Those who rode a city bus in Jacksonville this week may have been exposed to COVID-19.
The driver traversed a wide swath throughout the city in the days before diagnosis, with routes on the Northside, Westside, and Southside this week.
The Jacksonville Transportation Authority, or JTA, informed media Thursday that a driver that had been deployed through Apr. 15 tested positive for the novel coronavirus.
The “bus operator,” JTA asserted, was receiving “medical care and are in quarantine.”
Whether the driver was symptomatic before Apr. 16 is unknown, but the driver was working as late as Wednesday afternoon, an Avenue B/Moncrief shift on the Northside that ended just before 2:00 p.m.
The driver drove the same route on Apr. 13, but had a different assignment for an Apr. 14 double shift and therefore, a different group of people could have been infected.
On the 14th, the driver handled an Argyle Forest route for part of the day, and a Sunbeam Road route for another part of the day, a marathon session that started at 6:30 a.m. and ended at 11:30 p.m, per the media release from JTA.
More questions are raised by partial disclosures of information.
“After a thorough review, we began sending any employees thought to have come into contact with this person home to self-quarantine for at least 14 days,” JTA noted, not indicating how many employees were in the affected class.
“That review continues and may result in more employees being sent home. In addition to the frequent cleaning and disinfecting activities conducted at JTA facilities and onboard JTA vehicles, we have repeated a deep clean of any area or vehicle this person was present at during the past seven days,” the release continued.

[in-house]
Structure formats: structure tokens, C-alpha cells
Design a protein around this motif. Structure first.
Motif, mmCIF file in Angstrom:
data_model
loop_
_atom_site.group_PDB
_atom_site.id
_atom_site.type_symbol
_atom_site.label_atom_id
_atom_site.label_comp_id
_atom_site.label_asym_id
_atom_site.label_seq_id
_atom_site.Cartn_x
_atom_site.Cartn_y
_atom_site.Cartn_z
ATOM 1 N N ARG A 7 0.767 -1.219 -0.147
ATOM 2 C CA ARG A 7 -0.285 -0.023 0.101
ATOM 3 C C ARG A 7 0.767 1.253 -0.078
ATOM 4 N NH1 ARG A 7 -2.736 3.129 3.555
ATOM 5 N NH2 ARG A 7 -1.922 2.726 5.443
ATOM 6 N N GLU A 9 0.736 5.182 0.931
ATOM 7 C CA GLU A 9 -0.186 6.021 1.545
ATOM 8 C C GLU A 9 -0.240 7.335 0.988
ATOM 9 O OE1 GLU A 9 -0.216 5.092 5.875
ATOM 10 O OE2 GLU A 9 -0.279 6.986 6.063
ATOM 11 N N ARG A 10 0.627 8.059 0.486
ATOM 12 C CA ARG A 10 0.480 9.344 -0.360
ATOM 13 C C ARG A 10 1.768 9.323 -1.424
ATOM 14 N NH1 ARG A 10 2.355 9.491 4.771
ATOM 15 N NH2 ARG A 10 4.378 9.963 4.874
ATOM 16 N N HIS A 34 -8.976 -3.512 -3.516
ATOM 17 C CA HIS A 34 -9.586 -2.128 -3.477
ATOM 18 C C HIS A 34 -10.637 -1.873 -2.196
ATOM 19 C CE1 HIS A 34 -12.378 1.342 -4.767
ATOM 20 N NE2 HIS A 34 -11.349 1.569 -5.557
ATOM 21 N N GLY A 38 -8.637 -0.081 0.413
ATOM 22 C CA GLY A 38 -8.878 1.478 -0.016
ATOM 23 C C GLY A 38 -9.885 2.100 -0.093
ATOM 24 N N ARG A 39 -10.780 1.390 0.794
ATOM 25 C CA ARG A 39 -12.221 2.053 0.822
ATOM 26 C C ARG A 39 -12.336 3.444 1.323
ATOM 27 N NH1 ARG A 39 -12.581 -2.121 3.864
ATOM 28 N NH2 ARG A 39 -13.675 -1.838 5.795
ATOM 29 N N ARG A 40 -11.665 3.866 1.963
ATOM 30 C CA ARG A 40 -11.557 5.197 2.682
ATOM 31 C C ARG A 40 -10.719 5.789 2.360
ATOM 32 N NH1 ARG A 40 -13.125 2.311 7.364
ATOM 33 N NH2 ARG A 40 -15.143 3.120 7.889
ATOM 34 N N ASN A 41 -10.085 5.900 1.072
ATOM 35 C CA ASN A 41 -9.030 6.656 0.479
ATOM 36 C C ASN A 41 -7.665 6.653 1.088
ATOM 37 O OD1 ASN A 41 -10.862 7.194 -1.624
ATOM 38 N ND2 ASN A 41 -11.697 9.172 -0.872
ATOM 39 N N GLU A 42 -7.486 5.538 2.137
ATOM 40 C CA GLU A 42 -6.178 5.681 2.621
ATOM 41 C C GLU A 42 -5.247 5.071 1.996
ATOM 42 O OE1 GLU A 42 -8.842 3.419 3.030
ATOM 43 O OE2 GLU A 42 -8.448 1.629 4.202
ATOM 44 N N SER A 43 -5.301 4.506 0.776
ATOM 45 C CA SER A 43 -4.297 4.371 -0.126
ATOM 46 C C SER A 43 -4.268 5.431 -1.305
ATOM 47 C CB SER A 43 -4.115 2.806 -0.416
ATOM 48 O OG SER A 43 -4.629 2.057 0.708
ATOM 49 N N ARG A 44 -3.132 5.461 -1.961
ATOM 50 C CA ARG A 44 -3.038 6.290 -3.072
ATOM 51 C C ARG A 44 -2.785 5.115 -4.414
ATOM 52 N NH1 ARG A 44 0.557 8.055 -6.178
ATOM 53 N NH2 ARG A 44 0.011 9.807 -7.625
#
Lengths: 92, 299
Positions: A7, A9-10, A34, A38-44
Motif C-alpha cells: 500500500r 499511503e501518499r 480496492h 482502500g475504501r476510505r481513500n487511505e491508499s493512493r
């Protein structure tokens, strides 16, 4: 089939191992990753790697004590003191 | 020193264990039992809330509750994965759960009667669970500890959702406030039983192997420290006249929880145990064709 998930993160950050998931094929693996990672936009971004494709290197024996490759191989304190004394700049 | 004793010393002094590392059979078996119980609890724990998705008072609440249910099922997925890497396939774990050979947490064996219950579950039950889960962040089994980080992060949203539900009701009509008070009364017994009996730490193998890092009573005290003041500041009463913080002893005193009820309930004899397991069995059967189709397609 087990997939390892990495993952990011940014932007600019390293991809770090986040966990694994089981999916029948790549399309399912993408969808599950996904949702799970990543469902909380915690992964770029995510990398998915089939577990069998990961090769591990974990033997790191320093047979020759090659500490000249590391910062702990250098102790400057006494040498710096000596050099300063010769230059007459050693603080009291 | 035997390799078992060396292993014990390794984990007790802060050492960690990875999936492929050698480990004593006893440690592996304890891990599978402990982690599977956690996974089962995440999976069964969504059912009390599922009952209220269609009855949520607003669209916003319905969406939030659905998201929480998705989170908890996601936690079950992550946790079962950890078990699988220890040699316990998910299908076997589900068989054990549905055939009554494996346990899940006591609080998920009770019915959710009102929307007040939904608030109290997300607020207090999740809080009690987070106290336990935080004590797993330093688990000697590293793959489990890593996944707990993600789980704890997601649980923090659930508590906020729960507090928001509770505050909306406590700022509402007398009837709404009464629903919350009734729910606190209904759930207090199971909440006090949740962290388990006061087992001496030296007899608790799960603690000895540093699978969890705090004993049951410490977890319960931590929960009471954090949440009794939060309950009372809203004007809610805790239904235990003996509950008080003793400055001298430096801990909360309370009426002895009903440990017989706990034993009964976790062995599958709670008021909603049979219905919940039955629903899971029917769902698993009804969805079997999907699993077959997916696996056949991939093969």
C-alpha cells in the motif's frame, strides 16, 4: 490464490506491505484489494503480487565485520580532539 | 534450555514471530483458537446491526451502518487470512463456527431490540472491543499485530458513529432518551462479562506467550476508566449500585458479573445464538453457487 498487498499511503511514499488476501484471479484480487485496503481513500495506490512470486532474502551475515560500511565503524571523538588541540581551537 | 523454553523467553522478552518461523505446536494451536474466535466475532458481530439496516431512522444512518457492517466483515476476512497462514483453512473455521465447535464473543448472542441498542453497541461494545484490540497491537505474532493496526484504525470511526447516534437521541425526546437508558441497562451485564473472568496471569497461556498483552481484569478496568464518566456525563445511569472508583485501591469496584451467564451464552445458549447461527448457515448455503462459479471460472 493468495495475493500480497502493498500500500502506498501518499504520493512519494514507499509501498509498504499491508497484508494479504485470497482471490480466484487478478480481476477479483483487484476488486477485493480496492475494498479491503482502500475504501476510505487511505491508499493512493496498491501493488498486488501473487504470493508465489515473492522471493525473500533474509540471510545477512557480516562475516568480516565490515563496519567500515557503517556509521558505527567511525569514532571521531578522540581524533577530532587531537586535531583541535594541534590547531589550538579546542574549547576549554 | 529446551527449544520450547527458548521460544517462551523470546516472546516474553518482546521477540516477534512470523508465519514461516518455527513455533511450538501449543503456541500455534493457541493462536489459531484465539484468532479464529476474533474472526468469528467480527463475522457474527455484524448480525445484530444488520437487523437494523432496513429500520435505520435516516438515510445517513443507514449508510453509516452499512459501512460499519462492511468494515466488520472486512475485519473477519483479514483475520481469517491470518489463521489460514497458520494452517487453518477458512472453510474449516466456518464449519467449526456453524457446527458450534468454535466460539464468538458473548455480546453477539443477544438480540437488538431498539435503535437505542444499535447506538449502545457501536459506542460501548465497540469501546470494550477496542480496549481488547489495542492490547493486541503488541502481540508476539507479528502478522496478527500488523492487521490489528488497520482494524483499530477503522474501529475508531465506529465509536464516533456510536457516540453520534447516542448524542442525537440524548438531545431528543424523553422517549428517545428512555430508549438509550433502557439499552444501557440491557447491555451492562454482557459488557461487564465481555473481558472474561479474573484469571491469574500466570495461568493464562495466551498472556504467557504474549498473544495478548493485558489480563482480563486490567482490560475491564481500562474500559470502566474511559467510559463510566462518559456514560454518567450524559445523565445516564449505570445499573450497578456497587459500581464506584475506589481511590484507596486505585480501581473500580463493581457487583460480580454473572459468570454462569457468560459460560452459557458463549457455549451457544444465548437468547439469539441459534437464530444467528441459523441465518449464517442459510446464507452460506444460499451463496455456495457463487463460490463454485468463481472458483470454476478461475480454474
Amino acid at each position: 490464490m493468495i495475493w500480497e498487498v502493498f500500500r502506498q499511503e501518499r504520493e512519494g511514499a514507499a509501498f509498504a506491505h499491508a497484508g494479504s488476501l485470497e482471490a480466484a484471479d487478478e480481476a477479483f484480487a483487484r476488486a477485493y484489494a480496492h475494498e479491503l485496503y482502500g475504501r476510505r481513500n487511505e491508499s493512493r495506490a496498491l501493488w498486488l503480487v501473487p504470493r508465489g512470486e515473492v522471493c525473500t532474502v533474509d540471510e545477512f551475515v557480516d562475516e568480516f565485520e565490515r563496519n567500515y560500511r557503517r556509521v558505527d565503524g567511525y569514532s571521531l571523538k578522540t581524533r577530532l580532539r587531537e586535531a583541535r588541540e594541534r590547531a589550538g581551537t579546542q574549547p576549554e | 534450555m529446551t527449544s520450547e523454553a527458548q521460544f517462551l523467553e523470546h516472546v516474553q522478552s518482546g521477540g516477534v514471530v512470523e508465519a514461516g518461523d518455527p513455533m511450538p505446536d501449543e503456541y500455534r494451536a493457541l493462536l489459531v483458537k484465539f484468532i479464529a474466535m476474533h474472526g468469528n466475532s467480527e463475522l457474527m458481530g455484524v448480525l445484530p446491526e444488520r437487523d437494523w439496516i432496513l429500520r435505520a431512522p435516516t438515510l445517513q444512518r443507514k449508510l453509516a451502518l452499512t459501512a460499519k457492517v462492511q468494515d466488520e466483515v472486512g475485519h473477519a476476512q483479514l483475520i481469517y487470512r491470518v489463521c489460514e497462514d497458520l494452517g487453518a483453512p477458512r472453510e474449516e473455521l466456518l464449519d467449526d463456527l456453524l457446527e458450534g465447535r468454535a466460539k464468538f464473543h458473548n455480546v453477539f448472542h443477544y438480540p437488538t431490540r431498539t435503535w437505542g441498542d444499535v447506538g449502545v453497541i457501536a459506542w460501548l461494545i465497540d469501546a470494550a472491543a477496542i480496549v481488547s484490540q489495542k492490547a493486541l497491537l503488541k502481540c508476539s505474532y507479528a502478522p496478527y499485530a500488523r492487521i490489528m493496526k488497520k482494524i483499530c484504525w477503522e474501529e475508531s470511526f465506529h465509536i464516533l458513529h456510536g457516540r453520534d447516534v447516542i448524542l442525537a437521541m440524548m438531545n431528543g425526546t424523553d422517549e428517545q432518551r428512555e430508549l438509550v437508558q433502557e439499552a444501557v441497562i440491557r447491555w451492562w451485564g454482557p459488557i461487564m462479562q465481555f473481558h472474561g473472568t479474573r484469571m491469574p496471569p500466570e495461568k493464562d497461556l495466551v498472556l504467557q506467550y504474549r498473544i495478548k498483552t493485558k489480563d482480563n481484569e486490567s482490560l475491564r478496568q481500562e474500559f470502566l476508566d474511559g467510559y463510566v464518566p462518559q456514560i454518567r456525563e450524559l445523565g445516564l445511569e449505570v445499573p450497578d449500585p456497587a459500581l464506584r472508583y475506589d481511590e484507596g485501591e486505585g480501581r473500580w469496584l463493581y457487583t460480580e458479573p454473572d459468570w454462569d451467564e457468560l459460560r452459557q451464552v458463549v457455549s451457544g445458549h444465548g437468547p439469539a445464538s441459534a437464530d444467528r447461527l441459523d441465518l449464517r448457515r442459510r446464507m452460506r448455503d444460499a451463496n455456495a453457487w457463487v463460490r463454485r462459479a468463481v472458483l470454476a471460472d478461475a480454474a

The report comes on the heels of revelations earlier in the week that three firemen tested positive for COVID-19, with 77 more in isolation.
Despite indications that the novel coronavirus is still wreaking havoc on the public sector, Jacksonville Mayor Lenny Curry discussed Thursday “next steps” to resuming more normal life in the city post-coronavirus.
To be sure, the virus continues to take its toll with 769 cases, 67 hospitalizations, 14 deaths, as of Thursday morning tallies.
Curry expressed confidence that the city was at the top of the curve, in terms of hospitalizations.
“We’re going to get back to life,” Curry said, regarding opening up the economy and removing current restrictions on movement and commerce that may have flattened the curve, but definitely flattened the economy.